That does not mean the stock isn't going higher -- it just means it's a balance of potential profits vs. losses that are much greater than three months ago, let alone 18 months ago...our firm does have a position in Apple.

Q: What do you think about General Electric (GE )? Buy, sell, hold?


From a continued perspective of liking the industrials, this is a premier play, and we think higher prices are still to come. Promises of double-digit growth in 2005 and the stock being in the right sector give GE a positive outlook going forward. There's a lot left to be gained from the highs of 2001, when the stock was close to $60. We think GE could replace an index fund in a portfolio as a proxy for future market gains.

Q: Barry, do you look for special situations or turnaround plays? Would you consider yourself a growth or value investor?


I try not to limit myself to any discipline, only because after 25 years, I've seen too many different ways of making money, and being locked into one discipline prevents one from taking advantage of these different methods. I would say, however, that I border on value to growth at a reasonable price to use in determining market moves first, sector plays next, and individual stocks, which will ultimately be determined through a combination of simple fundamental analysis and technical analysis.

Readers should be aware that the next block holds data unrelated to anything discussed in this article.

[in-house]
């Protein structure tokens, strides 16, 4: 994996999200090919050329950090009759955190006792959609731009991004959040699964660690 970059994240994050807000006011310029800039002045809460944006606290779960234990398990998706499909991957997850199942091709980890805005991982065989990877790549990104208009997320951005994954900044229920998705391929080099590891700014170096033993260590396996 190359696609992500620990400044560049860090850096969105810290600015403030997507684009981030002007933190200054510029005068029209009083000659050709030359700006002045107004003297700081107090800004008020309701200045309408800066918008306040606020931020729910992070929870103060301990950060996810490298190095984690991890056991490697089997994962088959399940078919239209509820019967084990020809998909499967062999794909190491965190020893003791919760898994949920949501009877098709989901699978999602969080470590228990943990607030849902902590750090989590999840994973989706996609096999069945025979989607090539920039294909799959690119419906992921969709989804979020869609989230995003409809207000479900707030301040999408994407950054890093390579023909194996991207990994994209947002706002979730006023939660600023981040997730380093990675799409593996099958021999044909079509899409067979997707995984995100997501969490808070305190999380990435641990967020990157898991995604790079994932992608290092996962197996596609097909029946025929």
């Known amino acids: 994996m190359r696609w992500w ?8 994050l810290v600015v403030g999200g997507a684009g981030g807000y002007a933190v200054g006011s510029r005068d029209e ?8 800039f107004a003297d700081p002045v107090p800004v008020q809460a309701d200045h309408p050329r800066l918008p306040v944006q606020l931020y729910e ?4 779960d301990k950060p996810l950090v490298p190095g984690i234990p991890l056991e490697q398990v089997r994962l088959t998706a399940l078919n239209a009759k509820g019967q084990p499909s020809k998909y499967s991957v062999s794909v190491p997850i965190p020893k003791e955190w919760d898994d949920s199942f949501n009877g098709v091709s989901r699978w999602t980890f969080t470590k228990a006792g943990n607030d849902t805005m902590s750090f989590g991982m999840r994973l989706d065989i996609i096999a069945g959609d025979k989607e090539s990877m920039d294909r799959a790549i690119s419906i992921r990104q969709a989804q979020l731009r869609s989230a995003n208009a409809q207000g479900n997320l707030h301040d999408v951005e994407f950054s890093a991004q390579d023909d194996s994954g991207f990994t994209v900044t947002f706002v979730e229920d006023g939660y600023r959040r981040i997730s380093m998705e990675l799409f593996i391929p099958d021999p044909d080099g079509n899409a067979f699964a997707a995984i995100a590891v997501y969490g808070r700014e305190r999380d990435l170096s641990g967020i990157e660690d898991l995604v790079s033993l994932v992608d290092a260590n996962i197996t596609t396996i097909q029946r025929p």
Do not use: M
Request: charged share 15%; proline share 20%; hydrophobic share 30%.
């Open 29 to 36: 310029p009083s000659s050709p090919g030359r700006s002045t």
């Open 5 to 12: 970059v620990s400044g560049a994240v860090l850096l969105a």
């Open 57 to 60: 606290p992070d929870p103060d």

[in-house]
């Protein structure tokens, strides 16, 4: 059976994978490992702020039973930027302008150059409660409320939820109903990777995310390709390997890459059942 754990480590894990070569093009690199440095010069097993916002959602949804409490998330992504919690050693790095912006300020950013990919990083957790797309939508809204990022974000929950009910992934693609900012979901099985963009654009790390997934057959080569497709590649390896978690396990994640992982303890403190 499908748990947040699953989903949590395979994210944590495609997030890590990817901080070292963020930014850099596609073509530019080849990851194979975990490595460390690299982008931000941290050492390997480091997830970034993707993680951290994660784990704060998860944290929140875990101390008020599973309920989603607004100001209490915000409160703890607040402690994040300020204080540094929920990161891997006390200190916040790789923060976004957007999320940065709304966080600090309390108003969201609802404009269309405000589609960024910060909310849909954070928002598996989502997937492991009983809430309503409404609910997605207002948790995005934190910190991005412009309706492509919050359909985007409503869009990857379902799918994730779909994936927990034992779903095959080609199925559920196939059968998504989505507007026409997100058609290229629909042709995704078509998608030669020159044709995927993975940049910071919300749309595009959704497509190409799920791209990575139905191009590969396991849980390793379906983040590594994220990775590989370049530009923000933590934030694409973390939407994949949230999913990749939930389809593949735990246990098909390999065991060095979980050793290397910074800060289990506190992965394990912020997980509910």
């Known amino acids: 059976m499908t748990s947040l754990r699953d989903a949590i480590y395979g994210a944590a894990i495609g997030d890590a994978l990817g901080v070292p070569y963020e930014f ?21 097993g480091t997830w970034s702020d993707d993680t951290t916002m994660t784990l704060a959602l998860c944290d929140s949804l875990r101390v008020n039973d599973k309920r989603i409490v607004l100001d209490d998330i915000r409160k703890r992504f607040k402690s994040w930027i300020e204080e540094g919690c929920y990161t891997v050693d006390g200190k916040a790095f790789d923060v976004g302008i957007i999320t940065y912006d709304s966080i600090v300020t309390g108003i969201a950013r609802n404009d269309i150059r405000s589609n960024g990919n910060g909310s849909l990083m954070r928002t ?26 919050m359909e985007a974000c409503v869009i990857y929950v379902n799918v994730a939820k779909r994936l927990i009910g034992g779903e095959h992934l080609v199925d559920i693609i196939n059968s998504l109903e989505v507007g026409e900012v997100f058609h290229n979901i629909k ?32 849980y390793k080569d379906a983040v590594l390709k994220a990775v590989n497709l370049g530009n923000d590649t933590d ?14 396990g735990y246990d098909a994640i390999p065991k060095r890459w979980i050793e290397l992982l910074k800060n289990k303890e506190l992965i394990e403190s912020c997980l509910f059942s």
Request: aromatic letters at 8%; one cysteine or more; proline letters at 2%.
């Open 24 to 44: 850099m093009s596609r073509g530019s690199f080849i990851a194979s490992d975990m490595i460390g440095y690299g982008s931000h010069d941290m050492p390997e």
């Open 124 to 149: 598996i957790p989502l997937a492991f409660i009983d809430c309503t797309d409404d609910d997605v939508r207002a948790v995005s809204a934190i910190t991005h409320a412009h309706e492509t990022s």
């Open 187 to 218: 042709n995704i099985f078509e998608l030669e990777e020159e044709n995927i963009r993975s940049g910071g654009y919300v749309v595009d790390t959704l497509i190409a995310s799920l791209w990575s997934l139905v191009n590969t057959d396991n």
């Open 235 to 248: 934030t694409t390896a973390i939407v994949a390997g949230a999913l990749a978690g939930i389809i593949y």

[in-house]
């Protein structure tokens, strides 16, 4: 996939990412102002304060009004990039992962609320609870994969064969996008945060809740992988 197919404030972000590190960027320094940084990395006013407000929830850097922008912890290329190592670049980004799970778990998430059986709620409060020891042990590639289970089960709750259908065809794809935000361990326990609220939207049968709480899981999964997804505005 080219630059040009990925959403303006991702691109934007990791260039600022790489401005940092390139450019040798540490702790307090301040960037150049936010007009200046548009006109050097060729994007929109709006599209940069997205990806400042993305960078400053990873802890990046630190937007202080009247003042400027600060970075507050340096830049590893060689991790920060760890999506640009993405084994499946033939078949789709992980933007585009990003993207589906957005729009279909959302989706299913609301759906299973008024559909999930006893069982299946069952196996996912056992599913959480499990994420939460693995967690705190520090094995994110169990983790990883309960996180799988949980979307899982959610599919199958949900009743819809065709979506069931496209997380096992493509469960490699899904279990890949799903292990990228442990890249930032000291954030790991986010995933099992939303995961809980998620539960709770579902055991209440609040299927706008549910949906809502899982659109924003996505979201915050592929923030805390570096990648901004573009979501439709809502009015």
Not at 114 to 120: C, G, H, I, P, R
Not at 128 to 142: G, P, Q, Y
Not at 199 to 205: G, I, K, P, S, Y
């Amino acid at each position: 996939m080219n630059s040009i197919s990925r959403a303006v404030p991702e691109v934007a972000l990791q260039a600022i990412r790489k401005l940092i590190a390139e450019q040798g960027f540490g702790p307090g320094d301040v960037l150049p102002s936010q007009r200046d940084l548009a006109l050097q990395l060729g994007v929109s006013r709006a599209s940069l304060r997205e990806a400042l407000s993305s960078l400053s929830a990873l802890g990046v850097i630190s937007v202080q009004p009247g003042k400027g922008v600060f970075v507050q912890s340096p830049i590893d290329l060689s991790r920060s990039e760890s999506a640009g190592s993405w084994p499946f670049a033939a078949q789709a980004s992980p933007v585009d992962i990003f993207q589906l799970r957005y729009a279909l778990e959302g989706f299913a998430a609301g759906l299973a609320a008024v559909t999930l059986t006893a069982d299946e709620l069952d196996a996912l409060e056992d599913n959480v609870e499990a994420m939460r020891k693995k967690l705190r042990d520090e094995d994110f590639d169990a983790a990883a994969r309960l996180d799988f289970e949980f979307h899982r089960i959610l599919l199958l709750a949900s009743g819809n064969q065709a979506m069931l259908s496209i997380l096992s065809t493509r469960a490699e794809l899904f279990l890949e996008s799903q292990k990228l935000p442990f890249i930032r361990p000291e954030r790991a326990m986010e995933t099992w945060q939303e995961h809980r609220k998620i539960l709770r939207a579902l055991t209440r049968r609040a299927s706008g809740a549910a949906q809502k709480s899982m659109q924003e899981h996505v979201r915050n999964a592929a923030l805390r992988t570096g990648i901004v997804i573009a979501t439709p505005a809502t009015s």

Q: Another sector you like is consumer staples -- specific stocks in that area?


We highlighted today as an opportunity Coca-Cola. They have a decent 2.5% dividend and are a potential turnaround. Years of experience have shown me that the "dogs of the Dow" theory tends to work over time -- at this point Coca-Cola would be a member of the dogs of the Dow. What has interested me, watching the stock for over two months now, is the interesting restructuring announced in another stock, Colgate-Palmolive (CL ), which rocketed that stock up this week.